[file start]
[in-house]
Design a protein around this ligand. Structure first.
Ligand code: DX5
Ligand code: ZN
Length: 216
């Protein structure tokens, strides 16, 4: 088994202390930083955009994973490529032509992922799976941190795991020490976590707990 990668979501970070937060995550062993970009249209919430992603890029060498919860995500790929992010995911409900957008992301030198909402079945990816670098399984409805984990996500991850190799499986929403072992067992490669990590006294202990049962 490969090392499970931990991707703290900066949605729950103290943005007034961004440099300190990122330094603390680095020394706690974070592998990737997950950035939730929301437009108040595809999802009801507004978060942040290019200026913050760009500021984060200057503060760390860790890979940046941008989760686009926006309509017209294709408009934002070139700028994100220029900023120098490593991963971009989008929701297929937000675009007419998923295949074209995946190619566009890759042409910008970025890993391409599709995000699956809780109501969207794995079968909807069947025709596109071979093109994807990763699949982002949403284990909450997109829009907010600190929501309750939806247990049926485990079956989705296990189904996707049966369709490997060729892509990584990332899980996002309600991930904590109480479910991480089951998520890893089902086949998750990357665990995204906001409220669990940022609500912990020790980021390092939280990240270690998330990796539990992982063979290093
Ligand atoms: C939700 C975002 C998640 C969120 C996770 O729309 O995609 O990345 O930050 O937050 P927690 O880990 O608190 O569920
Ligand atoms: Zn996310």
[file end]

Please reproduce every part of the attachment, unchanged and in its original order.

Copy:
[in-house]
Design a protein around this ligand. Structure first.
Ligand code: DX5
Ligand code: ZN
Length: 216
């Protein structure tokens, strides 16, 4: 088994202390930083955009994973490529032509992922799976941190795991020490976590707990 990668979501970070937060995550062993970009249209919430992603890029060498919860995500790929992010995911409900957008992301030198909402079945990816670098399984409805984990996500991850190799499986929403072992067992490669990590006294202990049962 490969090392499970931990991707703290900066949605729950103290943005007034961004440099300190990122330094603390680095020394706690974070592998990737997950950035939730929301437009108040595809999802009801507004978060942040290019200026913050760009500021984060200057503060760390860790890979940046941008989760686009926006309509017209294709408009934002070139700028994100220029900023120098490593991963971009989008929701297929937000675009007419998923295949074209995946190619566009890759042409910008970025890993391409599709995000699956809780109501969207794995079968909807069947025709596109071979093109994807990763699949982002949403284990909450997109829009907010600190929501309750939806247990049926485990079956989705296990189904996707049966369709490997060729892509990584990332899980996002309600991930904590109480479910991480089951998520890893089902086949998750990357665990995204906001409220669990940022609500912990020790980021390092939280990240270690998330990796539990992982063979290093
Ligand atoms: C939700 C975002 C998640 C969120 C996770 O729309 O995609 O990345 O930050 O937050 P927690 O880990 O608190 O569920
Ligand atoms: Zn996310």